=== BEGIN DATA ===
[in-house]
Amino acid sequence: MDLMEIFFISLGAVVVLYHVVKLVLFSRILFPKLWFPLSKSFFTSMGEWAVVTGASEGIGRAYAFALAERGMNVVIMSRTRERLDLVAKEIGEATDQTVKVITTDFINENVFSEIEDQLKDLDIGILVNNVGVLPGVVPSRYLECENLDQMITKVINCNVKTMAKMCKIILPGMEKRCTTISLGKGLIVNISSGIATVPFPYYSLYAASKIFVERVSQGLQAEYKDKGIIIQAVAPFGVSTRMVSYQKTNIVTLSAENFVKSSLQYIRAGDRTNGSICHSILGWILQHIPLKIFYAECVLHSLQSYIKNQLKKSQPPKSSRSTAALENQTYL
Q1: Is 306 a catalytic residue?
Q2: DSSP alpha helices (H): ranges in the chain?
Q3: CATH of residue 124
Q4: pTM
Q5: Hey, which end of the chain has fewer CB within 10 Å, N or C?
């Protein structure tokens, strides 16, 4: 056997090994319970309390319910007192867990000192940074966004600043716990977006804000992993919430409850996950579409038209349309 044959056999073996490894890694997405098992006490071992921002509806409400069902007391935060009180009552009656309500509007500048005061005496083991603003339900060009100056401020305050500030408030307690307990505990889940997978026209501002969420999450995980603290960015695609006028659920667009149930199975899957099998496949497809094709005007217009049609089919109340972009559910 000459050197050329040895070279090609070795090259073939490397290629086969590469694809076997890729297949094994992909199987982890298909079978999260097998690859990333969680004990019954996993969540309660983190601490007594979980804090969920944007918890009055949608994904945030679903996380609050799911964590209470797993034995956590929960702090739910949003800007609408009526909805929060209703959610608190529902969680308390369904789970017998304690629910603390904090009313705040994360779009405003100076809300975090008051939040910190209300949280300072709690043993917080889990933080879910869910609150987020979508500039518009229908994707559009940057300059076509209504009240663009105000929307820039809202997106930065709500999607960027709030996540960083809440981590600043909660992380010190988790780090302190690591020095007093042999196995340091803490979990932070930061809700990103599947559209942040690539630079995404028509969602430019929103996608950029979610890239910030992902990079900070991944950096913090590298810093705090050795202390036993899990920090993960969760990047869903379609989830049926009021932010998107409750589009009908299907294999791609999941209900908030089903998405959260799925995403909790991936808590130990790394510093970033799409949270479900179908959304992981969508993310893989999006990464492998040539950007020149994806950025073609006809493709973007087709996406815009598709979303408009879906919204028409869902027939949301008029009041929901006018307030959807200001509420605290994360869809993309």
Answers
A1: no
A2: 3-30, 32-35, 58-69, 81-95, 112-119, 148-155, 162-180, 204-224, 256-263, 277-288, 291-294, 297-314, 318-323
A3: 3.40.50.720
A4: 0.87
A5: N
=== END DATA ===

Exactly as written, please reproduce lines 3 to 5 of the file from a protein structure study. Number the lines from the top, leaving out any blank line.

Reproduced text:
Q1: Is 306 a catalytic residue?
Q2: DSSP alpha helices (H): ranges in the chain?
Q3: CATH of residue 124